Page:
I was eleven or twelve. I was riding with my dad. We were driving back from somewhere. We were listening to the radio. It was just my dad and me. All of the sudden, a strange kind of music comes on. The vaguely-Eastern sounding keyboards and guitar arpeggios sound cool enough, then the vocals start: “IF I HAD A ROCKET LAUNCHER, I’D MAKE SOMEBODY PAY.”
Here was a song about a guy who is singing about getting a rocket launcher — a rocket launcher — and after asking “how many kids did you kill today?” was going to make somebody pay. It was like somebody took the plot to Commando and made a song out of it. Already this was the most badass song I had ever heard, but nothing could have prepared me for that final verse.
“If I had a rocket launcher, some son of a bitch would die!”
This was on the radio! The guy not only said “son of a bitch,” but he said “some son of a bitch would DIE!” He was gonna take that rocket launcher and he was gonna kill that son of a bitch! This was in a song! The most intense lyric I had heard on the radio before that was that “the union of the snake was on the prowl.”
My dad and I got home and I ran into my room, totally energized with pre-adolescent macho awkwardness. I turned on my radio and slowly, very slowly turned the knob up and down the radio dial until I could catch that song.
Well, days went by, weeks went by, months, years. I don’t think I ever heard the song on the radio again. Then, ten years ago, I remembered the song and I went looking for it on Napster.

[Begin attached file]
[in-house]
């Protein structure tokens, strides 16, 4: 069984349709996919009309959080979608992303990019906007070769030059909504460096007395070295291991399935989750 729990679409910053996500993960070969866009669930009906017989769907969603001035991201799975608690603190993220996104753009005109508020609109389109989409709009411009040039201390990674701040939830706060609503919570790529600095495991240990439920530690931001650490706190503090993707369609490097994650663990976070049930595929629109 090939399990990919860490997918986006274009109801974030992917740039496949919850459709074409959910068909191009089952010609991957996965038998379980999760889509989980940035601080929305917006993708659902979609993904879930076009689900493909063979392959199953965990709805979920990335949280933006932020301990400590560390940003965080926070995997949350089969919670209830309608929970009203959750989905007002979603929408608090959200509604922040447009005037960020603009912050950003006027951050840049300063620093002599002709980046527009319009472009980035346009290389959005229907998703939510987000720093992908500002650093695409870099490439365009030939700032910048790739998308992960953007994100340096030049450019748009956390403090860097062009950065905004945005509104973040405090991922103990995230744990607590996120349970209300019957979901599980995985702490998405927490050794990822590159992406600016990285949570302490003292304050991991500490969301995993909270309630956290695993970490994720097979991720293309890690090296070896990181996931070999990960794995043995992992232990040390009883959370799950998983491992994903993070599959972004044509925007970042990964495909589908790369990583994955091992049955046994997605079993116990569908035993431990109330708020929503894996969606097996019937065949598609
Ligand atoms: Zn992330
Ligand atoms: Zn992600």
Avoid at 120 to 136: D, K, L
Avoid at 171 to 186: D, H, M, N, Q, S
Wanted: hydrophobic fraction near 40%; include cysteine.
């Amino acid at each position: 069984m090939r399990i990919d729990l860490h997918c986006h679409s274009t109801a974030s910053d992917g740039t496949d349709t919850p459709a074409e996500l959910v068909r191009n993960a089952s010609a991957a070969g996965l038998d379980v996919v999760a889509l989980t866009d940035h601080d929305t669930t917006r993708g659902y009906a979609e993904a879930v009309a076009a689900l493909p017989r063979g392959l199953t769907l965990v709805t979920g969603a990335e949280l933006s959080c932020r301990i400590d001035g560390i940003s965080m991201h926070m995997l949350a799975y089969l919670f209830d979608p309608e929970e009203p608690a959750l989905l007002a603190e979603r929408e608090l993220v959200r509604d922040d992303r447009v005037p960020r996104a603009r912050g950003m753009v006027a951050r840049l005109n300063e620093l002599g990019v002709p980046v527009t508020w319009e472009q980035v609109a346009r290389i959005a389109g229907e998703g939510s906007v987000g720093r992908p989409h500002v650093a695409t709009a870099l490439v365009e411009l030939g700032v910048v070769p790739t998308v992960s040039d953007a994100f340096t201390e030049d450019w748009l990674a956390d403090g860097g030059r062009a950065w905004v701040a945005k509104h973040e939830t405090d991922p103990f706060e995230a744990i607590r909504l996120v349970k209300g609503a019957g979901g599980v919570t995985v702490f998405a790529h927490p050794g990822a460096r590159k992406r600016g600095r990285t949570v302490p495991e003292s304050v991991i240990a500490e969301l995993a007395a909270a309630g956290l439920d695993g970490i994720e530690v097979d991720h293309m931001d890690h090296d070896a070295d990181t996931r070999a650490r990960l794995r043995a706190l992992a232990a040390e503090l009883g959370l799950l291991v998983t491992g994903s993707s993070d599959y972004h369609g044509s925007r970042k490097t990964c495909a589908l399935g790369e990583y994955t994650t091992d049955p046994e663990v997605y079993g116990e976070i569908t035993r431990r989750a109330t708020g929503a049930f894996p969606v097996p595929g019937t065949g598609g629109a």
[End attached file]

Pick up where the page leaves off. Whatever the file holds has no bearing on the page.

The artist was Bruce Cockburn, a prolific and respected Canadian singer-songwriter who has been at it since the late 1960s. He never had an American hit, except for “Rocket Launcher,” which made it to #88 on the Billboard Hot 100.
The song was written in response to the plight of Guatemalan refugees during the brutal regime of EfraÁƒn RÁƒos Montt. Cockburn witnessed the atrocities of the Guatemalan Civil War.
I don’t believe in guarded borders and I don’t believe in hate
I don’t believe in generals or their stinking torture states
And when I talk with the survivors of things too sickening to relate
If I had a rocket launcher … I would retaliate
I can’t think of a more impassioned and vehement protest song that has garnered noticeable airplay since this song in 1984. As a dumb kid, with handfuls of action figures in Reagan’s America, I only saw images of cartoon explosions and rocket launchers and flame throwers; Cobra Commander and Snake Eyes.
My dad didn’t say much on that drive home. I knew he understood the song and I am sure he didn’t quite know how to explain to me what it was about. But talk about a powerhouse of a song. I remembered it ten years later. I learned what was going on then. Things that are still happening and continue to happen. I understand that frustration and that horror now. And even more so now, I can appreciate and taste the venom when he spits out the line, “… some son of a bitch would die.”